Assignment 2: French Assimilation of Africa

Craig, Alexandra

1105191

‘The Hostage School’

In Senegal and Mali, French Governor Louis Faidherbe opened the Ecoles des Otages (Hostages Schools) in 1855. The sons of notables and chiefs were forced to attend the schools whose avowed objective was to teach them French culture and values in order to transform them into colonial auxiliaries. Their presence at the school was also aimed at preventing their families from any rebellion. Most parents secretly sent their domestics’ children instead of their own.

The French occupation of Africa began in Algeria in the late 19th century. The “Scramble for Africa”, the competition between European countries to colonize Africa, lead to this conquest and the search for new resources and land. The French claimed that their motivation was to spread the French culture, and “civilize” the Africans. Their attempt to “civilize” the people of Africa was to be accomplished through assimilation, or “The process by which a person or persons acquire the social and psychological characteristics of a group”. To achieve this goal of assimilation, the French stated that the Africans could be considered French citizens and posses French rights if they followed certain conditions. However the strict conditions set foreword to become a French citizen “made it virtually impossible for most colonial subjects to become French citizens.” (The Colonization of Africa).  To become a French citizen, the native Africans were expected to “speak French fluently, to have served the French meritoriously, to have won an award, and so on.” (The Colonization of Africa). However, the French did not administer an “educational system to train all its colonized subjects to speak French” (The Colonization of Africa) and failed to “establish administrative and social systems to employ all its subjects” (The Colonization of Africa). Therefore, the goal of the French seemed to be less interested in achieving actual assimilation, and more interested in “imperialist political and ideological posture than a serious political objective” (The Colonization of Africa).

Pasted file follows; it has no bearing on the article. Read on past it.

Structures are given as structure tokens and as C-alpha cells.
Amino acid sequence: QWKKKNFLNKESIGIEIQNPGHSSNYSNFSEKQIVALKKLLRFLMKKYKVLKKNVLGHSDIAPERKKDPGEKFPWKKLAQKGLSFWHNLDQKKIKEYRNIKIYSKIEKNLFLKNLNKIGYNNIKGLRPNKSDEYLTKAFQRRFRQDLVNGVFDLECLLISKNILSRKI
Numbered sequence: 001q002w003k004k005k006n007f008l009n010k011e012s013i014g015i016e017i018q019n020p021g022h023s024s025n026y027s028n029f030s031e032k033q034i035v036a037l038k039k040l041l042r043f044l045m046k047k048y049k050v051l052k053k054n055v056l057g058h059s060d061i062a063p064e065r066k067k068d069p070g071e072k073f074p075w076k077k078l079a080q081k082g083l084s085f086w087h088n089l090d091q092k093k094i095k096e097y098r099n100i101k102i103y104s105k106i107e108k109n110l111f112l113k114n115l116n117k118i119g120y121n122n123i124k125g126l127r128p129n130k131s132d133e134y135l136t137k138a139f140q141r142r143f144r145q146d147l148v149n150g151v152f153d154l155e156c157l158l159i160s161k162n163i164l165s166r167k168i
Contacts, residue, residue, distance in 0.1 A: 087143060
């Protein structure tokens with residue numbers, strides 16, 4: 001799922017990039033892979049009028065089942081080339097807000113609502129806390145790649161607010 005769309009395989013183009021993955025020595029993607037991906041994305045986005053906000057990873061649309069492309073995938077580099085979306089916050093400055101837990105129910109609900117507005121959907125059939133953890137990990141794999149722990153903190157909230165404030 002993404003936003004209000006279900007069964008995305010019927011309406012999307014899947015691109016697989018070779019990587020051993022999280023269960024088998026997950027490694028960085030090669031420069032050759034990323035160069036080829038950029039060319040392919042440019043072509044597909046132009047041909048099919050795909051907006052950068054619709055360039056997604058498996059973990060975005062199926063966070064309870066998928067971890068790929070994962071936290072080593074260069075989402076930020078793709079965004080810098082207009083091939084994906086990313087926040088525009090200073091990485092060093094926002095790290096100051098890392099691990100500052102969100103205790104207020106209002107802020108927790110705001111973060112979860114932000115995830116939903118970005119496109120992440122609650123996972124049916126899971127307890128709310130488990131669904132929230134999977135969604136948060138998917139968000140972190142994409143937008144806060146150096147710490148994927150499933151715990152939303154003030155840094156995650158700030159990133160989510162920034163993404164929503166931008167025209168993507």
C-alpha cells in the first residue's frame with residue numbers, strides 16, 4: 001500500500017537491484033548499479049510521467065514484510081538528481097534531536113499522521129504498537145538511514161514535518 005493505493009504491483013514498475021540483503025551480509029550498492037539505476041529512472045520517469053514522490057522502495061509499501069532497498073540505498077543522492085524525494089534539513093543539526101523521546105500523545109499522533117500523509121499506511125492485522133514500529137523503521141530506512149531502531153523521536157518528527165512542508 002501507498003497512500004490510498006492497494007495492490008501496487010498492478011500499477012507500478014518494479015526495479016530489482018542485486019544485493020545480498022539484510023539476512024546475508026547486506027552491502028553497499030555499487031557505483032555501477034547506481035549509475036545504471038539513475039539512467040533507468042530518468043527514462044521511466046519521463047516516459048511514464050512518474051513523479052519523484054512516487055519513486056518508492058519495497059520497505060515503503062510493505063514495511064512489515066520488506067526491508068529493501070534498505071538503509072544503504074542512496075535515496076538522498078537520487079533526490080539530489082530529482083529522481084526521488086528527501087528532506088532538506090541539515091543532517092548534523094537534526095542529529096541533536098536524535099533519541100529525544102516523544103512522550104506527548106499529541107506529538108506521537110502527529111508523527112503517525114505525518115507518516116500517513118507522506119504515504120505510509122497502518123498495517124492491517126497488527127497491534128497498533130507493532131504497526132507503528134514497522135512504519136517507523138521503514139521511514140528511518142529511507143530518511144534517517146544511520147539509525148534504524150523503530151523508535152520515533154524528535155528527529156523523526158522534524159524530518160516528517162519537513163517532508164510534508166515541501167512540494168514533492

This warped goal of assimilation had great impacts on the African society. Many different “forms of political control” (Africa: French Colonies) emerged throughout the continent, “all of which were, to varying degrees, authoritarian and aggressively imperialist.”(Africa: French Colonies). This ideological change and divide, created great cultural turmoil and violence. Traditional African cultural practices and beliefs were wiped out because they were not allowed to practice their religious practices, or because their children were sent to French schools and assimilated. Even if France’s goal of assimilation had good intentions (which I doubt it fully did, there were definitely economic and political influence behind their facade), it failed miserably and created great social change throughout Africa.

References:

“Africa: French Colonies – POLITICAL ORGANIZATION OF FRENCH COLONIES IN AFRICA, ASSOCIATION AND ASSIMILATION.” – Colonial, France, African, and Soldiers. N.p., n.d. Web. 18 Sept. 2014. <http://encyclopedia.jrank.org/ articles/pages/5923/Africa-French-Colonies.html>.

“The Colonization of Africa.” The Colonization of Africa. N.p., n.d. Web. 18 Sept. 2014. <http://exhibitions.nypl.org/africanaage/essay-colonization-of-africa.html>.

Image Reference:

Louis Léon César Faidherbe, Le Sénégal; la France dans l’Afrique occidentale (Paris, Hachette et cie., 1889.) General Research and Reference Division, Schomburg Center for Research in Black Culture, The New York Public Library.

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